Tracey Emin: She lay Down Deep Beneath the Sea at Turner Contemporary in Margate

By Ben Miller | 31 May 2012
A photo of a bed with a piece of wood on it in front of drawings inside a gallery
Exhibition: Tracey Emin: She lay Down Deep Beneath the Sea, Turner Contemporary, Margate, May 26 – September 23 2012

Tracey Emin's reputation unfailingly precedes her creations every time she has a new show.

From the unmade beds (which, she says, is an almost run of the mill concept now) to Turner Prize drunkenness, infamy envelopes every fresh body of work.

Artist and art are inseparable, a fact we were reminded of at every turn in Love is What you Want, last year's fine retrospective at the Hayward, where neon proclamations of her inner turmoil punctuated an arresting pick-and-mix.

So when the entrance to this exhibition is lit by another neon, the sense that this might be a sequel to that display is immediate, and not without good reason. “The confusion is I love you”, reads one of her meandering sleights in blue. “I am telling you it hurt”, another.

What’s new is the real presence of mortality for the artist, who at 48 is feeling the effects of time. Mottled yellow letters spell out “sometimes dead”. “There is no more me”, ponders a neon (this time in turquoise) above photos of a drying riverbed she compares her youth to.

There are undoubtedly better shows to empathetically invigorate the mind and spirit – to glimpse Yayou Kusama's inner workings, currently at Tate Modern, is to see a response to personal conflict of an aesthetic and imaginative brilliance light years removed from Emin’s.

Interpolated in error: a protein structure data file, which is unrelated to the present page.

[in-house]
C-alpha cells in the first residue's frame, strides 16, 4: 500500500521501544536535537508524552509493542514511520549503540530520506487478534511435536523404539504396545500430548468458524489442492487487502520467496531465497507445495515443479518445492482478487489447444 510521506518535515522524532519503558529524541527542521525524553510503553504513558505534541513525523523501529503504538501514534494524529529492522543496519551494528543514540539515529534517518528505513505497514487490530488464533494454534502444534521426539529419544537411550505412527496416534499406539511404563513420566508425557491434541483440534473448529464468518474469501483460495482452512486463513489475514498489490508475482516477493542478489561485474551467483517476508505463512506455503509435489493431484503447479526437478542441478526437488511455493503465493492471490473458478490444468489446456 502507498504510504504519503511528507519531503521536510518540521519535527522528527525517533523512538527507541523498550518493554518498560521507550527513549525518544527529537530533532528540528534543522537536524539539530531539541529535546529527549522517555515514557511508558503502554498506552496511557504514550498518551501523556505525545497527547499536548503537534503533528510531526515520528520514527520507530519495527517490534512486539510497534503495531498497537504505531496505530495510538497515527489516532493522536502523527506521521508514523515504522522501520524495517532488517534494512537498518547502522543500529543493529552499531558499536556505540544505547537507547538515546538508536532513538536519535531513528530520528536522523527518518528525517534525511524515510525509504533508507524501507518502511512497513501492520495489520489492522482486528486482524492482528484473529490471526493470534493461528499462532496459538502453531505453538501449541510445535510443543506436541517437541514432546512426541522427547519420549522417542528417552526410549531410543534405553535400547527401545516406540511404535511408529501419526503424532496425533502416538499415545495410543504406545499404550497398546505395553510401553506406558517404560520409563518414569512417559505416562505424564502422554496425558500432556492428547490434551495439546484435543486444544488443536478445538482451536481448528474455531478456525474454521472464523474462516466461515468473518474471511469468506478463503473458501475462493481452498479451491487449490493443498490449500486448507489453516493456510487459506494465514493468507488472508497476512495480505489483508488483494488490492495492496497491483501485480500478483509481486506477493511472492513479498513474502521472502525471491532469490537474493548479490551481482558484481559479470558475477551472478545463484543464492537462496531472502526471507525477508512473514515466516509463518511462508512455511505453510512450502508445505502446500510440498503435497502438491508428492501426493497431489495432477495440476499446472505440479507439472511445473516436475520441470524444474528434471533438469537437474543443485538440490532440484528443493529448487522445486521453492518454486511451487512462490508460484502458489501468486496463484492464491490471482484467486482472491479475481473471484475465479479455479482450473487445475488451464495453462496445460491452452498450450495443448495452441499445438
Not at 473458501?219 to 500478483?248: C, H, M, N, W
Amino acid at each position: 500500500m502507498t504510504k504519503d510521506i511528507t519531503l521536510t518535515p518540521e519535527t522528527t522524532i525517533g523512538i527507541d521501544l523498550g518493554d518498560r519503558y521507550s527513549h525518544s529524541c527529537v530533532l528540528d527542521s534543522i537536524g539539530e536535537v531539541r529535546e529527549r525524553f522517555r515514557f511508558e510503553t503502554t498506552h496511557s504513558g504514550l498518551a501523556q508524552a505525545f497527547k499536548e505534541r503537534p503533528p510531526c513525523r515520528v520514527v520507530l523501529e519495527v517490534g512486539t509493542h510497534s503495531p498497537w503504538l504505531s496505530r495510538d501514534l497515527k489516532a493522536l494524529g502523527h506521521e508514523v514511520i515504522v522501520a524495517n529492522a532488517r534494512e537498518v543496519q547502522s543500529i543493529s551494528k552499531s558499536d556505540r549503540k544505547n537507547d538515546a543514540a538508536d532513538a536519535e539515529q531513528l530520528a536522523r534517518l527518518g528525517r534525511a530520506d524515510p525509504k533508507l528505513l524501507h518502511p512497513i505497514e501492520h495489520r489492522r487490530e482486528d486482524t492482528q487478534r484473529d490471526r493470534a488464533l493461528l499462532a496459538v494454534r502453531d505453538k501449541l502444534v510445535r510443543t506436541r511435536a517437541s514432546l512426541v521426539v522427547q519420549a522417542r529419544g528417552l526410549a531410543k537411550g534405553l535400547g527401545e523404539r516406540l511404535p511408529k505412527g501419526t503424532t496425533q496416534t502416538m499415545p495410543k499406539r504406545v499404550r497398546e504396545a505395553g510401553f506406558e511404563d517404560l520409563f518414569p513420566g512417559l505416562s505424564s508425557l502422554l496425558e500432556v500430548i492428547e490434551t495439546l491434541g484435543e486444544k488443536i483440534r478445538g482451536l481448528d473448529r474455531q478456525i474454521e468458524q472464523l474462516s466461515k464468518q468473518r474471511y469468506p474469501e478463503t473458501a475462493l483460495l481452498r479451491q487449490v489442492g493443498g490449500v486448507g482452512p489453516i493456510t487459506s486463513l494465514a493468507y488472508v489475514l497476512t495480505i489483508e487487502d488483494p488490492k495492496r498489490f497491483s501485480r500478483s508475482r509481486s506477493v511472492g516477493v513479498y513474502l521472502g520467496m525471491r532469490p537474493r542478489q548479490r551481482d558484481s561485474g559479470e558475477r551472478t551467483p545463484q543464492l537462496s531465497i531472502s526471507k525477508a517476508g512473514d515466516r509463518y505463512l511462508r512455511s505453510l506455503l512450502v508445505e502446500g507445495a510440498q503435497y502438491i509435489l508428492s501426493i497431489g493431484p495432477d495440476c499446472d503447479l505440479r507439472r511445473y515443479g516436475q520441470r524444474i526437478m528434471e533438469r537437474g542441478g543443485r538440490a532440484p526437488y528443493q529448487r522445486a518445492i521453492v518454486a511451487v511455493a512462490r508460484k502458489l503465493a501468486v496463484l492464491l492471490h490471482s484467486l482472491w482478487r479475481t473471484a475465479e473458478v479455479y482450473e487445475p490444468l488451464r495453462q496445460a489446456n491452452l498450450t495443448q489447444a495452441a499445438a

But where the technical shortcomings of Love is What you Want were excused by the tampons, cats preposterous seaside donkey rides and bountiful entertainment to be had, this more serious set of works – hitting their studious peak with comparisons to Turner and Rodin, which always feel at home at Turner Contemporary, but instantly feel incongruous in this company – lack such spark.

The accusation most readily levelled at Emin’s fiercest critics is that they take her art too seriously. For those who adore her devil-may-care attitude, the confidence and self awareness this distinctly sober exhibition symbolises is hard to begrudge.

Yet she is best when she’s at play. The Vanishing Steel Lake, a steel bath-turned-boat with a Union Jack in it, is a deeply unsubtle inference to the Brit Art days. It gives rise to the tantalising idea of Emin ditching her flag in the raft and skinnying into a lake after drinking too much at an awards ceremony.

The implorations go on, and threaten to overwhelm. “I did not say I cannot love you, I said I could never love”, suggests another gauche, presumably avoiding a previous memo to “think about being happy”, captioning a squiggle of Emin prone on the floor.

This is what you expect from her. Fans will be seduced by her usual bombastic melodrama, and everyone else will yearn for more of the variety which held the attention at the Hayward. On her return to her hometown, it would have been nice to see more insights into the colourful career Margate’s wildchild has had.

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